At CP12, Nature Cure had a 1.5 hour lead over the next team that got the optional points. Checkpoint Zero/Inov-8 II (Peter Jolles, Paul Humphreys, Daniel Jesse, and Julia Radmann) were able to utilize Peter’s night navigation savvy to pass Calleva in the dark. The first CP0 team had to drop after the coup in McAdam’s intestines proved too much to enable him to race on. Both teams had quite the grab bag of AR goodies: a yellowjacket nest, broken derailleur, endos, and illness. Just another day at the AR office!
The next 24 miles of mountain biking back though the Town of Buchanan and to Bearwallow only helped Nature Cure extend their lead heading into the final portion of the race, a 12 mile, optional orienteering section at Camp Bethel comprised of 20 locations, worth 1 point each, that teams could acquire on foot and/or by bike. Checkpoint Zero/Inov-8 II’s chances of catching the leaders diminished as bike problems hindered their progress. Calleva was able to take advantage of their misfortune and move into 2nd overall. As the lead teams headed in the darkness of the O-course, by whichever means they saw fit, only the final hours of the race waited to reveal the winner of the 2008 Odyssey One Day Adventure Race.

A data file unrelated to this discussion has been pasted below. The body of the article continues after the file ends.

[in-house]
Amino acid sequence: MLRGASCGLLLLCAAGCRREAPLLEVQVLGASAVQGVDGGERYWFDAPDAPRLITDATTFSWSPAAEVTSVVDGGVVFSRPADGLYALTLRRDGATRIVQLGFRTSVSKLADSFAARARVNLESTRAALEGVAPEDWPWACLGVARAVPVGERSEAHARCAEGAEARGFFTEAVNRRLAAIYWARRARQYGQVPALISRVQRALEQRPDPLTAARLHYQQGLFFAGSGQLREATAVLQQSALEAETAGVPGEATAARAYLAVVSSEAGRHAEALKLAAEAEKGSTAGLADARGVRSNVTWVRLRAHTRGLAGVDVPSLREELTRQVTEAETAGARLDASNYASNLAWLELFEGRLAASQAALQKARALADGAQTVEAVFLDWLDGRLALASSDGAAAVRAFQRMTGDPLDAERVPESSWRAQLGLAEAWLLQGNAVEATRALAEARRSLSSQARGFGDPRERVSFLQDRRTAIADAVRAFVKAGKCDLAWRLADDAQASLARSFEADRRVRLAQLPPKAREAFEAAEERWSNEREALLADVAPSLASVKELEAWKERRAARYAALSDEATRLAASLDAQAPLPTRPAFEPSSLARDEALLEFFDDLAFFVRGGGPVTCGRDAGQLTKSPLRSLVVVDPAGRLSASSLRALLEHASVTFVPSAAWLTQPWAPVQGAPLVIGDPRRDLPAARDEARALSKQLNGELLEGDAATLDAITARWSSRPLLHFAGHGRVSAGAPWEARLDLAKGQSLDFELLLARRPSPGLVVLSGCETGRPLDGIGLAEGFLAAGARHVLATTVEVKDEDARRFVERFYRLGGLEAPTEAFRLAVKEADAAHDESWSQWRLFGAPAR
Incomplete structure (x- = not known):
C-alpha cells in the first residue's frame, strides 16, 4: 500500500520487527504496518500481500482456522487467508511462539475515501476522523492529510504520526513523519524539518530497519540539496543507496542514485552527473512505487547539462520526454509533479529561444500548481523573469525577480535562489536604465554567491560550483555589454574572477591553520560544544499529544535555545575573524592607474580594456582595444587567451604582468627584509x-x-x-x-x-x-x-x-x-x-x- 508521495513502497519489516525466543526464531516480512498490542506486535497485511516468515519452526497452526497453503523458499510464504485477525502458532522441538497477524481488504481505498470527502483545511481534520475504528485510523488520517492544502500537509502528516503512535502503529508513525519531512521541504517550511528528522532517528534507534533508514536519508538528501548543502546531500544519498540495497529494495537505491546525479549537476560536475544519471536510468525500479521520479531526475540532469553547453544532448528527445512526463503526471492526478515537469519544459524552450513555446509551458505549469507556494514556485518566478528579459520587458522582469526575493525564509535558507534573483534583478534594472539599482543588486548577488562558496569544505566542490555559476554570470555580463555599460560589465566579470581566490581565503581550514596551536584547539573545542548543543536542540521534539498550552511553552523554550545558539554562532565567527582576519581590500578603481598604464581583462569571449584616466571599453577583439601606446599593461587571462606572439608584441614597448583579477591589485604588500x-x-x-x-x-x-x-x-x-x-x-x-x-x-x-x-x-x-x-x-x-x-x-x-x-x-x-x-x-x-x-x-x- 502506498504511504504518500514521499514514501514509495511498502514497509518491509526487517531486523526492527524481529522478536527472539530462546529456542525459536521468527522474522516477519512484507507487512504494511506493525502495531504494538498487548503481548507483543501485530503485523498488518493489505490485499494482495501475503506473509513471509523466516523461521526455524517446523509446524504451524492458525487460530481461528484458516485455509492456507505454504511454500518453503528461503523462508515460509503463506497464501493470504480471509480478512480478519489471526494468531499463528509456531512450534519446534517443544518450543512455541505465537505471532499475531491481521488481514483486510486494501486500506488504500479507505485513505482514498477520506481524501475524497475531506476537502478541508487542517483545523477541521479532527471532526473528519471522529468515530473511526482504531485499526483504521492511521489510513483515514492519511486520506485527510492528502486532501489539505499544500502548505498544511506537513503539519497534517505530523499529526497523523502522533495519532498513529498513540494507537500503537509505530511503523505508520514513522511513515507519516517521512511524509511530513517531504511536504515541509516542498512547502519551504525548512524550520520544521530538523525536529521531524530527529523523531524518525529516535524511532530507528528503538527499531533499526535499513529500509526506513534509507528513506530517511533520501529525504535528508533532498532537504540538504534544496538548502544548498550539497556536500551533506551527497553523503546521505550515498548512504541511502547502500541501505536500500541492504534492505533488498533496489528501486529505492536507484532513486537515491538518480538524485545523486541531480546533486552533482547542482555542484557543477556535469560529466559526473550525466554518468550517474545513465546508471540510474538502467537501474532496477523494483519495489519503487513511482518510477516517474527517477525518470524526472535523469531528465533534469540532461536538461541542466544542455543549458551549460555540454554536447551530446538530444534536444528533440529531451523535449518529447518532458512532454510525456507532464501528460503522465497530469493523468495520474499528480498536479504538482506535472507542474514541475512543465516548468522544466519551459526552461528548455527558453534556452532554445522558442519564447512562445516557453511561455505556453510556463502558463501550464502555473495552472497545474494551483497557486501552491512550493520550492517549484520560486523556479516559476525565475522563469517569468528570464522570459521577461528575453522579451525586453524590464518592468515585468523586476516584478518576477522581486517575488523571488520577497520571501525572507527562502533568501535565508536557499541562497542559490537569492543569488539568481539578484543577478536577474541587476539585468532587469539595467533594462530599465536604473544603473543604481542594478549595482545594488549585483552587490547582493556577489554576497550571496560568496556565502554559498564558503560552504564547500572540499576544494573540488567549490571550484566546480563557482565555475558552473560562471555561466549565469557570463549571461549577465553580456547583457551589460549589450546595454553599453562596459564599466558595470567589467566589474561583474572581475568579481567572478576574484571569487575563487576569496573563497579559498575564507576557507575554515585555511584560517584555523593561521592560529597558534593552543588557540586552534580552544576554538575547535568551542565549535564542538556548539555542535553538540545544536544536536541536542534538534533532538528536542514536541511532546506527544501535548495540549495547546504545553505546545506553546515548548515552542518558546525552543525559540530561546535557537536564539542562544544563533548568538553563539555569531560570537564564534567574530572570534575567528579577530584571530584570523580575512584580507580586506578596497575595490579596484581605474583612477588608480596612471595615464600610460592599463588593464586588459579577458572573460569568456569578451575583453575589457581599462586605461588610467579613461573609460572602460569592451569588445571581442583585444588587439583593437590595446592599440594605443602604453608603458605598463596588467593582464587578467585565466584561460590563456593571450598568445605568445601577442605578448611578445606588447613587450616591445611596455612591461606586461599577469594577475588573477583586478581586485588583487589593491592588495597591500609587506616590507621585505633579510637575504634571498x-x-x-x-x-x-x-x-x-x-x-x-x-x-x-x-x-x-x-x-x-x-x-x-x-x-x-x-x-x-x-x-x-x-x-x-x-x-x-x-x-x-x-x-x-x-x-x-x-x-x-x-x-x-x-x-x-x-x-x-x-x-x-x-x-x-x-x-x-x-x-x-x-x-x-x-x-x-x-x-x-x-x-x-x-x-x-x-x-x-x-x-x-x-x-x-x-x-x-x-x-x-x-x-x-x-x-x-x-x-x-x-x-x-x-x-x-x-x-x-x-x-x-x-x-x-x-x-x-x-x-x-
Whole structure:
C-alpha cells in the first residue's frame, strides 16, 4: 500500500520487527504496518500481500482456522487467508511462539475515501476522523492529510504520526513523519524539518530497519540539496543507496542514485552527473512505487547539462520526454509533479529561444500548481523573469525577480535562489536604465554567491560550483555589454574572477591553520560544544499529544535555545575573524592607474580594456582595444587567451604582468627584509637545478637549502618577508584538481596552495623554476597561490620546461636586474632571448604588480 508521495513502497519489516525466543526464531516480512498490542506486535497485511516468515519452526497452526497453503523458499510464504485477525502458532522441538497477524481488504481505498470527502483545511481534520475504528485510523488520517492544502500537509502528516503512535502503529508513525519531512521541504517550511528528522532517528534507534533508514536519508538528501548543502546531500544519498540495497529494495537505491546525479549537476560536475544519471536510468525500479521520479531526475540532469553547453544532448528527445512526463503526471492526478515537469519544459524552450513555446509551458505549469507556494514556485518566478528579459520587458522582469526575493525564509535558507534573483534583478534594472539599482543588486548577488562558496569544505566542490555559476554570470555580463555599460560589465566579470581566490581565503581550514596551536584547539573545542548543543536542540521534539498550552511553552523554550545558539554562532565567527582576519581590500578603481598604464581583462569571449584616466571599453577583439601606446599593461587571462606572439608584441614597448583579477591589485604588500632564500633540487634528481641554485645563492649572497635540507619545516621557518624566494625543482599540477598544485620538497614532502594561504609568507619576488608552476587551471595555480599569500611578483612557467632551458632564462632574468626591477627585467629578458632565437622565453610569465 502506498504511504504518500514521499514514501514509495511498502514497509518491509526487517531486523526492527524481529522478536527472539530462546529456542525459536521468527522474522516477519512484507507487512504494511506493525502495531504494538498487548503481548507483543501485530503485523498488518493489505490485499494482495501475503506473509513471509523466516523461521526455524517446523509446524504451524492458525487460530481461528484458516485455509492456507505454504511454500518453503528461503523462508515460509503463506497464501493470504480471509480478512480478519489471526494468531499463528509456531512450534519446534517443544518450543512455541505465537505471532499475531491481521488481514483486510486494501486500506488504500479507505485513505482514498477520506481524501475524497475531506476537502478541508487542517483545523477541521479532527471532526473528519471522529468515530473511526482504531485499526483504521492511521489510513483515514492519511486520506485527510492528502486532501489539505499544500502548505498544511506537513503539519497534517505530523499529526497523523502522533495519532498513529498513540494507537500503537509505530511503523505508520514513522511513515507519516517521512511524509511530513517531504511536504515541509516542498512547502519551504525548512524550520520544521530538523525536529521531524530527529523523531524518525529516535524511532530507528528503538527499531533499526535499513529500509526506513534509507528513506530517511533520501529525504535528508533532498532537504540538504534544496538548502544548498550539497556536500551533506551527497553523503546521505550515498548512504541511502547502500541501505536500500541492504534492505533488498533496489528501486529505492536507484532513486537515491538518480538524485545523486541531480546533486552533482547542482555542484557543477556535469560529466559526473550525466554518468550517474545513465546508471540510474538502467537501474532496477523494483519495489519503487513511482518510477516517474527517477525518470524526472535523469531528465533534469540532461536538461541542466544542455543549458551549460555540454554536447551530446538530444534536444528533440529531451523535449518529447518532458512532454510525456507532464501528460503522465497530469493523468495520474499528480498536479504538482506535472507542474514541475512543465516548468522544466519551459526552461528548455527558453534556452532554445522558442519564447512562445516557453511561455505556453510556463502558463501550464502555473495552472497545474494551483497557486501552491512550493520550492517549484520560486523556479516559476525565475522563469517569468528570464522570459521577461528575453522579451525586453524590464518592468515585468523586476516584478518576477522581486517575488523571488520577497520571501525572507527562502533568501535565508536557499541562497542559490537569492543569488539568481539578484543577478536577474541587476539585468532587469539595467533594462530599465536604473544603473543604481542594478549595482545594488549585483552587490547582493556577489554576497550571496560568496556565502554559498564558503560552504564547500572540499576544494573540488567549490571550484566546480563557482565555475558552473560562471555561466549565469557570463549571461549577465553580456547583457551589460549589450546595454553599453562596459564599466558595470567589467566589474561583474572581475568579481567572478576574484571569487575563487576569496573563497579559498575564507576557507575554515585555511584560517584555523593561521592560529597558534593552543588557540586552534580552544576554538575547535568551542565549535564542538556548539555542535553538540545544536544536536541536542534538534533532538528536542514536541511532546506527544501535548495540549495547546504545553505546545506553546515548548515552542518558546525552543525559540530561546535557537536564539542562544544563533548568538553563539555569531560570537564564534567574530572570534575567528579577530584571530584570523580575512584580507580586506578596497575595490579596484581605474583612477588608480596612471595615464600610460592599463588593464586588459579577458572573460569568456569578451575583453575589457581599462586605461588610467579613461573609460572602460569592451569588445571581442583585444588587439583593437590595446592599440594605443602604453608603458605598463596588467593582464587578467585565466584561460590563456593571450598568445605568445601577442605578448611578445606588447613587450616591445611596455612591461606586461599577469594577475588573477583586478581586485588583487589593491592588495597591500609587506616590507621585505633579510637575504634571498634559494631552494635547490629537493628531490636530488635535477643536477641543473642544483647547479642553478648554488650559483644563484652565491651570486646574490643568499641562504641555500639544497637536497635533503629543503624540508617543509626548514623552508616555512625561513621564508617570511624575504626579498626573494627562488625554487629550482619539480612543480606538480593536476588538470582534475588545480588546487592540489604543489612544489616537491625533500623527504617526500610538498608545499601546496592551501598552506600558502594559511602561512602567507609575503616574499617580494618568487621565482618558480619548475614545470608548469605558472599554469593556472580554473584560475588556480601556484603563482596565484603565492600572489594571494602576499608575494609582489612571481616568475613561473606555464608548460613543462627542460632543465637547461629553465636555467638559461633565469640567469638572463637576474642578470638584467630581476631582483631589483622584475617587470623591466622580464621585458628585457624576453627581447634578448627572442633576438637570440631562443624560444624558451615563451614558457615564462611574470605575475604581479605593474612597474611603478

The 12,000’ of elevation gain, 76 + miles of the mandatory course, and the wafting odors of BBQ and Roanoke’s Famous Texas Tavern Chile proved to be quite enough for teams that decided to exercise their right to opt out of the O course and stay right there at the finish to chow down.
With less than an hour left in the race and the fastest team being on the O-course for more than 8 hrs, the anticipation in the air was palpable. Who would take the win? Angell, race director, was standing at the finish line as he saw Calleva riding in on their bikes. And as the crowd was cheering, he caught movement out of the corner of his eye: Nature Cure coming in on foot from the opposite direction! Neither team, being hidden by some woods and a building, was able to see the others’ reach for the finish. With all of the hoopin’ and hollarin’, both teams broke into a sprint, knowing not what would reveal itself from around the corner. Both teams darted toward the finish line with a near collision of bikes and bodies and a cacophony of screams and laughter, “How many points?! How many points did you get?” they asked one another as they barreled towards headquarters to get their passports signed, signifying their official finish. 8 sets of shoulders simultaneously tried to cram into one doorway and 2 pieces of Tyvek, crumpled, dirty, and reeking of eau de adventure racer were thrust through the door into Susanna’s hands. The official answer: 19 out of 20 possible points for Calleva and…19 orienteering points for Nature Cure. “Good googly moogly!” she blogged afterwards. “That was fantastic!” Beautiful we think. Simply beautiful.